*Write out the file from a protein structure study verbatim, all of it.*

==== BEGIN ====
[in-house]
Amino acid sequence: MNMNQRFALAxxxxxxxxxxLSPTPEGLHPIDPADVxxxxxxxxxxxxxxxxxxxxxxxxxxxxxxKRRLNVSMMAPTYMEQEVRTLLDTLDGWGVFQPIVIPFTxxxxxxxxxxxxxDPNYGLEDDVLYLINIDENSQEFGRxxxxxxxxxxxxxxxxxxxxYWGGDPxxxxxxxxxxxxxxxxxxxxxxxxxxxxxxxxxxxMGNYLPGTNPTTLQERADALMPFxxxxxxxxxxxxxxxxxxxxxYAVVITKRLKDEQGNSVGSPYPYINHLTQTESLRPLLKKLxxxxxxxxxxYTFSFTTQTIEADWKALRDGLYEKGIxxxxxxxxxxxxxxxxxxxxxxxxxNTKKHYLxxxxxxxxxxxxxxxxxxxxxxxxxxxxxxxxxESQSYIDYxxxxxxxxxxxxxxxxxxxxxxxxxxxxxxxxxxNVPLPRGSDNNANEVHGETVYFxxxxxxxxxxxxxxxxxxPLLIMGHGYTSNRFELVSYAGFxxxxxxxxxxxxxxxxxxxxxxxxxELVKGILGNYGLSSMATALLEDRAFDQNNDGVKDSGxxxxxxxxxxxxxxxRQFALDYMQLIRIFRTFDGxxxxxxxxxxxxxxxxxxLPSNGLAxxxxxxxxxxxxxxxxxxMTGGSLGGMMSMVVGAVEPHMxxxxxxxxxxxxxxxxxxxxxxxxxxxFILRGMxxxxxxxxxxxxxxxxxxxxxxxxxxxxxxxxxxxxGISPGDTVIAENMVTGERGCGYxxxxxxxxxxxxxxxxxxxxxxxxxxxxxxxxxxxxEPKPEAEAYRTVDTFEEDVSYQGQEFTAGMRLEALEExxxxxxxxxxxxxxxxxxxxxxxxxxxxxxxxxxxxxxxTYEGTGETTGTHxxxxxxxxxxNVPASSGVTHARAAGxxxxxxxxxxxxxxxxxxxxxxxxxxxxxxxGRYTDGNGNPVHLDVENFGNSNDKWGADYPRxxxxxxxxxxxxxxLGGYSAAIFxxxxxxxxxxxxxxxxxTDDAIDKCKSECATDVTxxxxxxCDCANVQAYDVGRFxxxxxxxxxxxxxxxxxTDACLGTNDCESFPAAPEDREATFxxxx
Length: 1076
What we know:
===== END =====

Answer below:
[in-house]
Amino acid sequence: MNMNQRFALAxxxxxxxxxxLSPTPEGLHPIDPADVxxxxxxxxxxxxxxxxxxxxxxxxxxxxxxKRRLNVSMMAPTYMEQEVRTLLDTLDGWGVFQPIVIPFTxxxxxxxxxxxxxDPNYGLEDDVLYLINIDENSQEFGRxxxxxxxxxxxxxxxxxxxxYWGGDPxxxxxxxxxxxxxxxxxxxxxxxxxxxxxxxxxxxMGNYLPGTNPTTLQERADALMPFxxxxxxxxxxxxxxxxxxxxxYAVVITKRLKDEQGNSVGSPYPYINHLTQTESLRPLLKKLxxxxxxxxxxYTFSFTTQTIEADWKALRDGLYEKGIxxxxxxxxxxxxxxxxxxxxxxxxxNTKKHYLxxxxxxxxxxxxxxxxxxxxxxxxxxxxxxxxxESQSYIDYxxxxxxxxxxxxxxxxxxxxxxxxxxxxxxxxxxNVPLPRGSDNNANEVHGETVYFxxxxxxxxxxxxxxxxxxPLLIMGHGYTSNRFELVSYAGFxxxxxxxxxxxxxxxxxxxxxxxxxELVKGILGNYGLSSMATALLEDRAFDQNNDGVKDSGxxxxxxxxxxxxxxxRQFALDYMQLIRIFRTFDGxxxxxxxxxxxxxxxxxxLPSNGLAxxxxxxxxxxxxxxxxxxMTGGSLGGMMSMVVGAVEPHMxxxxxxxxxxxxxxxxxxxxxxxxxxxFILRGMxxxxxxxxxxxxxxxxxxxxxxxxxxxxxxxxxxxxGISPGDTVIAENMVTGERGCGYxxxxxxxxxxxxxxxxxxxxxxxxxxxxxxxxxxxxEPKPEAEAYRTVDTFEEDVSYQGQEFTAGMRLEALEExxxxxxxxxxxxxxxxxxxxxxxxxxxxxxxxxxxxxxxTYEGTGETTGTHxxxxxxxxxxNVPASSGVTHARAAGxxxxxxxxxxxxxxxxxxxxxxxxxxxxxxxGRYTDGNGNPVHLDVENFGNSNDKWGADYPRxxxxxxxxxxxxxxLGGYSAAIFxxxxxxxxxxxxxxxxxTDDAIDKCKSECATDVTxxxxxxCDCANVQAYDVGRFxxxxxxxxxxxxxxxxxTDACLGTNDCESFPAAPEDREATFxxxx
Length: 1076
What we know: